Food & HealthSurvival

10 Herbs To Grow in the Survival Garden

Survival gardeners, of course, love to grow their own food, as they should. Perhaps many of them do not realize the ease of growing their own medicines? Herbs are not difficult to grow, and many do well in containers on a porch or patio. Take a look at these 10 herbs that will improve your own survival garden!

BackdoorSurvival – For many, the time has come to plan our summer gardens.  Given the overwhelming interest in recent articles about essential oils, I decided to revisit the topic of an herbal healing garden.  My interest is a bit self-serving in that I am in the process of rethinking my own garden and while I grow an abundance of rosemary,lavender and peppermint, this year will be an ideal time to replace some tired shrubs with plants that will work for me.  Healing herbs will fit the bill quote nicely.

Herbs have been used for centuries to sooth and to heal.  According to Wikipedia:

Herbs have long been used as the basis of traditional Chinese herbal medicine, with usage dating as far back as the first century CE and before. Medicinal use of herbs in Western cultures has its roots in the Hippocratic (Greek) elemental healing system, based on a quaternary elemental healing metaphor.

With such a long history of use it makes perfect sense that you would want to include a selection of herbs in the survival garden.

Healing Herbs for the Healing Garden

Basil:  People don’t usually think of basil as a healing herb and yet traditionally, it is called the “king of herbs”.  It is used medicinally as a natural anti-inflammatory and is thought to have mild antiseptic functions. Some healing uses are for flatulence, lack off appetite, nausea and cuts and scrapes.

It is also superb on spaghetti and in pesto but then you already knew that.  Basil is an annual plant so you will have to start anew each year.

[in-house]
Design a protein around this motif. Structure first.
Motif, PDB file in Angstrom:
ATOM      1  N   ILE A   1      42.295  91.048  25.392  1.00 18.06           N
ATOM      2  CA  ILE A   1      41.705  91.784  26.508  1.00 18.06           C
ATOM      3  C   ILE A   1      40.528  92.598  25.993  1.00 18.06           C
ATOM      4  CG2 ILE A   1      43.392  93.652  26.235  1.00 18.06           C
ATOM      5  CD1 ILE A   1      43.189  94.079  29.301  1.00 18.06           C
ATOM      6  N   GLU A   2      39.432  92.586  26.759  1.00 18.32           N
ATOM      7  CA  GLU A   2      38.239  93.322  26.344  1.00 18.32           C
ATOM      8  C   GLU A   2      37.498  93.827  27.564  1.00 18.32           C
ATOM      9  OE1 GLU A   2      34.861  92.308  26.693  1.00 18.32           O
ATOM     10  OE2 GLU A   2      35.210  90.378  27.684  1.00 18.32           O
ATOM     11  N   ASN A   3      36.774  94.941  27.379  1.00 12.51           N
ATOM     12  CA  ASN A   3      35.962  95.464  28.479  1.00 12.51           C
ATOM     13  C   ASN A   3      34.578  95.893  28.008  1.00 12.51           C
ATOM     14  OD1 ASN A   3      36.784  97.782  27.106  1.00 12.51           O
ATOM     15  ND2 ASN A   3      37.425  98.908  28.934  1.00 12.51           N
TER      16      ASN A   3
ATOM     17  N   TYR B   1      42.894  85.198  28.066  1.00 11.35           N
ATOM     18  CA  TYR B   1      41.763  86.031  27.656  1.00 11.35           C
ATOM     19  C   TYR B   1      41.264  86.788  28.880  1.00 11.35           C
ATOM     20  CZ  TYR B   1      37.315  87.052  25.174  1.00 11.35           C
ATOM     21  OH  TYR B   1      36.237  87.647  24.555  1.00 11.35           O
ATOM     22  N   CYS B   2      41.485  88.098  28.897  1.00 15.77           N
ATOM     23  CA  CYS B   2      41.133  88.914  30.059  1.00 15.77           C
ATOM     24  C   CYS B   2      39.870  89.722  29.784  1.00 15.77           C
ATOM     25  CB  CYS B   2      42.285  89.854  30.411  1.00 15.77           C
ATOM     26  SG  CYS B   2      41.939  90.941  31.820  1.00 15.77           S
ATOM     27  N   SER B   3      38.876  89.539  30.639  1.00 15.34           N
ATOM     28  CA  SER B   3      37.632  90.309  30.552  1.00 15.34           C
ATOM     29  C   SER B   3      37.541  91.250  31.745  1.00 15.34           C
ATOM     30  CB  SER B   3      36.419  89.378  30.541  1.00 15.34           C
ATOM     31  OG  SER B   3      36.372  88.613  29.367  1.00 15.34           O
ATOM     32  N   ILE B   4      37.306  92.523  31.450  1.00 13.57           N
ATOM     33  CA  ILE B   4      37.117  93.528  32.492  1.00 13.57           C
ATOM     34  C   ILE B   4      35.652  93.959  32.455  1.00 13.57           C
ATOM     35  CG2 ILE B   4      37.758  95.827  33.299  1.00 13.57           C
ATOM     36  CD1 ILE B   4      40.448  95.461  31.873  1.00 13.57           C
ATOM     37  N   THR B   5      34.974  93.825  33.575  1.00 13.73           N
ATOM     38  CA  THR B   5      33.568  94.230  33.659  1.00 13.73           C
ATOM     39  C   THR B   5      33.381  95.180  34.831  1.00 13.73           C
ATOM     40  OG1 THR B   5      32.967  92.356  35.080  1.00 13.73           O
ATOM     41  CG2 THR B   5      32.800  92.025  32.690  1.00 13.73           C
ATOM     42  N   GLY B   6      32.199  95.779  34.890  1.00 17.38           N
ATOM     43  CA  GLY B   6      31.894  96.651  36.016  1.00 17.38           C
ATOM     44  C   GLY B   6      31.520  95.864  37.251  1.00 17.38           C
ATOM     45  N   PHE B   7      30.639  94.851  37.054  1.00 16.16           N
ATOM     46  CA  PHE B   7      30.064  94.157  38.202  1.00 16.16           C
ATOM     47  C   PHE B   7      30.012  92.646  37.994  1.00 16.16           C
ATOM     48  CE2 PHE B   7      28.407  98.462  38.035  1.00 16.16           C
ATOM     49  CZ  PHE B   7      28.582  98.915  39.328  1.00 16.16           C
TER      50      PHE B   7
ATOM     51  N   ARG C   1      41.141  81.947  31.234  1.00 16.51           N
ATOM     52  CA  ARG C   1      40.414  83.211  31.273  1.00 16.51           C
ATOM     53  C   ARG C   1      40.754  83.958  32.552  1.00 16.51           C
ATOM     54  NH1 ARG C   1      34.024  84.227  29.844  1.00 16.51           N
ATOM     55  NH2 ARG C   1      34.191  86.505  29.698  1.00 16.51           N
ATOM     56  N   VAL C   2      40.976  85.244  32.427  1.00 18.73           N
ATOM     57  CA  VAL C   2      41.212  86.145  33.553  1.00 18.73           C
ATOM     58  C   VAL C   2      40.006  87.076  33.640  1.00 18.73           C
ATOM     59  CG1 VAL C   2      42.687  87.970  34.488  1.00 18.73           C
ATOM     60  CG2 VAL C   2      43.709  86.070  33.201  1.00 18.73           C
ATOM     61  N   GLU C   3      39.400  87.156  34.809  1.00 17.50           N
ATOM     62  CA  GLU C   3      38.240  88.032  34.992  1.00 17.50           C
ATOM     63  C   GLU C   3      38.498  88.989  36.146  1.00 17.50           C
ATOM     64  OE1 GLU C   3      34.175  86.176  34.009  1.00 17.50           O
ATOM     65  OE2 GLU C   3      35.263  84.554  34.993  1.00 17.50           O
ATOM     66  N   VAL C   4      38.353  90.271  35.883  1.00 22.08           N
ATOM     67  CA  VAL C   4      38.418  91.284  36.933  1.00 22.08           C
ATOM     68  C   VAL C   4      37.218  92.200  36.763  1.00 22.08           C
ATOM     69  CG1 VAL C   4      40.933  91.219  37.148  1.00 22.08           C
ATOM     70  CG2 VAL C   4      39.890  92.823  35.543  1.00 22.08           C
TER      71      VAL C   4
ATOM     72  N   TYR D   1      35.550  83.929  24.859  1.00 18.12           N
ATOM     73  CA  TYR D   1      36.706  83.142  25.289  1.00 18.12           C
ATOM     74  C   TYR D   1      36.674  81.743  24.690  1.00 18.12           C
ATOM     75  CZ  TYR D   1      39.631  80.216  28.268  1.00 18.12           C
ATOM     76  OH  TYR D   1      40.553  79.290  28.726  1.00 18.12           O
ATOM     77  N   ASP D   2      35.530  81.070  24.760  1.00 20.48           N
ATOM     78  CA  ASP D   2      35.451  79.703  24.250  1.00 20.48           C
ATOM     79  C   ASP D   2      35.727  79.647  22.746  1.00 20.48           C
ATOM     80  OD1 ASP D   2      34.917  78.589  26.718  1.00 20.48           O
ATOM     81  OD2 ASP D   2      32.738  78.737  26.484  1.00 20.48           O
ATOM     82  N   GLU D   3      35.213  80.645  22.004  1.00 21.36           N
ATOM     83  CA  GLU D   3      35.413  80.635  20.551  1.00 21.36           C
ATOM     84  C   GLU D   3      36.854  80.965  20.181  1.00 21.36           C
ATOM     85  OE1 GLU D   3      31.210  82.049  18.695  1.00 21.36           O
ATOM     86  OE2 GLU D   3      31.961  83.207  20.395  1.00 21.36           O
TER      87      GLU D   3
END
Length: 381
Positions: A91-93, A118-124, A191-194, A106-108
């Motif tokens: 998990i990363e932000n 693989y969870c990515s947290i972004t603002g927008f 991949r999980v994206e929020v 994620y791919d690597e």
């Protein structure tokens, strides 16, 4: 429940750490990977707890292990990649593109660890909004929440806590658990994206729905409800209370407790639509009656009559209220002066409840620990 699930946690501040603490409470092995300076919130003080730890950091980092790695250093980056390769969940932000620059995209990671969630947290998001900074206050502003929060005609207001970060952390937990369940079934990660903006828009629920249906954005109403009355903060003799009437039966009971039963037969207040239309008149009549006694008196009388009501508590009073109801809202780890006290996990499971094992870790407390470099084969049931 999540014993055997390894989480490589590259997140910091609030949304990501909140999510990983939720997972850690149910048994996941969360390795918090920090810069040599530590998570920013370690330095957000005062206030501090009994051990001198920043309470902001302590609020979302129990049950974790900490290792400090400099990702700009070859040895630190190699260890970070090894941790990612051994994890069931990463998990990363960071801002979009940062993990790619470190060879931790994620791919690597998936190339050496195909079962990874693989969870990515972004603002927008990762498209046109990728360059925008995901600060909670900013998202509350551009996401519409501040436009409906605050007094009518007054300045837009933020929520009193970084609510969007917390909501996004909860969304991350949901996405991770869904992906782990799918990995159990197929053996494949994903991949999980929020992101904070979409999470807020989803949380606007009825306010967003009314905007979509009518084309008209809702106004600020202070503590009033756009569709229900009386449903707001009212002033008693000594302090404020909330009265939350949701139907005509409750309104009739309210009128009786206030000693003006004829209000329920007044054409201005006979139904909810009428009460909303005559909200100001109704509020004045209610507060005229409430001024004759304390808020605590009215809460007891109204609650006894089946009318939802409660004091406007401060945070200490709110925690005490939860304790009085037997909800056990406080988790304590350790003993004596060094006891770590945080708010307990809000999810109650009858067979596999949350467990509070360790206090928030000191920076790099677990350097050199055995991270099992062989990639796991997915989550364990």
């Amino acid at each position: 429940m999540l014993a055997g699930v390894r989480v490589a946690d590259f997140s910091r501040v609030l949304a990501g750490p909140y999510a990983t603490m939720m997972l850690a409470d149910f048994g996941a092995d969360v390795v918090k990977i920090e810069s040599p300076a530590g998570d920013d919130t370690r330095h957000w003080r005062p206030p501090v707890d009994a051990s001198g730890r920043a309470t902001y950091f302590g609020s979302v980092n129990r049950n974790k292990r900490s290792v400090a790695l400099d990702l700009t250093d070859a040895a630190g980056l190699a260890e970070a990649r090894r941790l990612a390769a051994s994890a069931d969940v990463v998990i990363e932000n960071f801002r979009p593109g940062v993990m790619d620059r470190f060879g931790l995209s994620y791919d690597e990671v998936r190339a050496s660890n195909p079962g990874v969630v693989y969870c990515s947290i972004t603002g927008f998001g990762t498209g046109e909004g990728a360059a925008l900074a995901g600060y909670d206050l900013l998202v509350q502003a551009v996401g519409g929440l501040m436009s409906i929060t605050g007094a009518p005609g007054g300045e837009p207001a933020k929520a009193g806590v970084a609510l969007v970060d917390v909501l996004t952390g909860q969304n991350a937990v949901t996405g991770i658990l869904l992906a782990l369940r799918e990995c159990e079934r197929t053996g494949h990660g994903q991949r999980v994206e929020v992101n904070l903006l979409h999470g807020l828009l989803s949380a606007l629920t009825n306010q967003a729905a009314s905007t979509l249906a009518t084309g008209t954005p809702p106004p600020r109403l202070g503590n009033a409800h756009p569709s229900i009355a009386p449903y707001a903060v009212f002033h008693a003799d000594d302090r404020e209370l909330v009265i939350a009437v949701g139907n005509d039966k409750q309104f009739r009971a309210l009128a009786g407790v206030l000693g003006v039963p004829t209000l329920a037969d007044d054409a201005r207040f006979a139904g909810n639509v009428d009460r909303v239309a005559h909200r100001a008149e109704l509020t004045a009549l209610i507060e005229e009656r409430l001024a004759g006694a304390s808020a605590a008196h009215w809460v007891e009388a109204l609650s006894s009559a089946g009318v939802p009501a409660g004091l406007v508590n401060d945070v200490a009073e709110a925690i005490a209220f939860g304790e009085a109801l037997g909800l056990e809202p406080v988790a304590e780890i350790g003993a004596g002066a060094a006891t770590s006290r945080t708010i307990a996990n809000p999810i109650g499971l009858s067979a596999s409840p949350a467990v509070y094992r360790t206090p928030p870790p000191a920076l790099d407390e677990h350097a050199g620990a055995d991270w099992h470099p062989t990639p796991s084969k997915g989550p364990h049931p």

German Chamomile:  Chamomile is one of the most popular herbs in the Western world.  Its flower heads are commonly used for infusions, teas and salves.  These in turn can be used to treat indigestion, anxiety and skin inflammations.  As a tea, it serves as a mild sedative to help with sleep.

Feverfew:  This perennial is a member of the sunflower family and has been used for centuries in European folk medicine as a remedy for headaches, arthritis, and fevers. The name feverfew comes from a Latin word meaning “fever reducer.”

It’s  many uses include easing headache pains – especially migraines.  This is done by chewing on the leaves.  A tea made from the leaves and flowers is said to relieve the symptoms of arthritis.

Lemon Balm:  Lemon balm is a member of the mint family.  Considered a calming herb, it has been used as far back as the Middle Ages to reduce stress and anxiety, promote sleep, improve appetite, and ease pain and discomfort from indigestion.  Even before the Middle Ages, lemon balm was steeped in wine to lift the spirits, help heal wounds, and treat venomous insect bites and stings.

As with many other herbs in your healing garden, lemon balm promotes relaxation and a sense of calm.

Parsley:  While not one of my favorites, there is nothing like a sprig of parsley to take away bad breath.  It is no wonder that this biennial (meaning it lives for two years) is used to decorate and garnish plates in the fanciest of restaurants.

When brewed as a tea, parsley can help supplement iron in a person’s diet, particularly for those who are anemic. Drinking parsley tea also boosts energy and overall circulation of the body, and helps battle fatigue from lack of iron.  Other uses?  Parsley tea  fights gas and flatulence in the belly, kidney infections, and bladder infections.  It can also be an effective diuretic.

The remainder of the Herb List can be found here, along with some terrific instructions on how to get started and how to make herbal teas. Good luck in the garden!

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